“My number one rule is that I absolutely have to simulate the look of whatever ancient culture I’m working with,” says Lattimore, who received her B.A. from UCLA in art history and Egyptology, and did graduate work in Near Eastern languages and pre-Columbian, Egyptian, and classical art history. Eschewing white paper--"unless I make it white"--she invents backgrounds appropriate to each culture. For “Frida,” Lattimore quickly applied an acrylic-based modeling paste like finger paints to simulate the rough surface of Mexican stucco. Happily, this paste is bendable and therefore amenable to the rigors of the laser roller. This “stucco” background took just seconds to create, but others are extraordinarily time consuming.
For “The Dragon’s Robe,” Lattimore spent three weeks just preparing the paper, first hand-grinding and mixing Chinese ink, then applying it with a thick house- painter’s brush to simulate the look of ancient silk. (Lattimore did the drawings in the style of Hui Tsung, the last emperor of the Northern Sung Dynasty, who, she says, was a “terrible emperor but an incredible artist.”) To create the look of Minoan frescoes for “The Prince and The Golden Ax,” she used sea sponges, constantly misting the watercolors with a spray bottle. She went over the paper for the Aztec book six times with potato prints to evoke the look of deerskin. With this much attention spent on the preparation of the paper alone, it’s not surprising that Lattimore’s original art work has soared in price to $1,000 to $5,000.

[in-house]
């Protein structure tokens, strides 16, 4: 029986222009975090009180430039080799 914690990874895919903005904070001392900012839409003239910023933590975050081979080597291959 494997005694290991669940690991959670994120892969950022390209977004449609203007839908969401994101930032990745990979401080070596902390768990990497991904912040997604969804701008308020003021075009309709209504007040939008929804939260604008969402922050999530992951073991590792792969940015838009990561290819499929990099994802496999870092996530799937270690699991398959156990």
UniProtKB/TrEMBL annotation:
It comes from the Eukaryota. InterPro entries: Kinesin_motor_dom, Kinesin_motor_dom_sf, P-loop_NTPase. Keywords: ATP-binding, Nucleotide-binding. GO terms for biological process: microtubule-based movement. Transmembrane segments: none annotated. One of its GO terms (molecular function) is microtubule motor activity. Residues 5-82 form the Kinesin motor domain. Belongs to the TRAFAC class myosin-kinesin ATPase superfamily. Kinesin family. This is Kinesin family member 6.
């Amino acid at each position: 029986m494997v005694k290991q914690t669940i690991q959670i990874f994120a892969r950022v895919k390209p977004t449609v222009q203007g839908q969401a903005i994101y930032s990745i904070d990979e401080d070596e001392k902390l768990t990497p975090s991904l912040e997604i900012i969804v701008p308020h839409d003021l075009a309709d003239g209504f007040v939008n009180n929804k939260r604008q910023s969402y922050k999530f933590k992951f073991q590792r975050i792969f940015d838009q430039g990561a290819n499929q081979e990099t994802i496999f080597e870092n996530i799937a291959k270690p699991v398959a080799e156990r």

Lattimore’s multicultural “salad bowl” approach has made her the darling of conscientious educators. Her books have been adopted by several boards of education around the country, and textbook publishers are producing study guides to go along with her books. She is also hot on the school circuit, charming young students as she teaches them how to write their own stories in hieroglyphics. “Kids should know how to write an ancient language,” she says. “Think of what could happen if you taught African-American kids how to write Ife, Benin, Ashanti or Yoruba. It would give kids a sense of their own cultural richness. It would give them a sense of self-esteem at a time that’s so critical for African-American children. Besides, it’s fun to look back and find something nice about your family, to know where you’re from.”
Now, in addition to the picture books, Lattimore is working on a nonfiction children’s series on ancient history around the world as seen through art. In these books, Lattimore will explain, for example, how an object was made and used, and provide activities such as how to make your own Law Code of Hammurabi by rolling out clay and using the edge of a popsicle stick to make cuneiform characters. “I always thought it would be fun to have a portable museum,” says Lattimore. “I always look at a statue of Quan Yin and think, who was she? What was her story? Why does Ganesha have a long nose? Why does Shiva have six arms?” It’s these questions--so much like the relentless “whys” of her young audience--that have made Lattimore an ideal person to teach kids the joys of both history and art.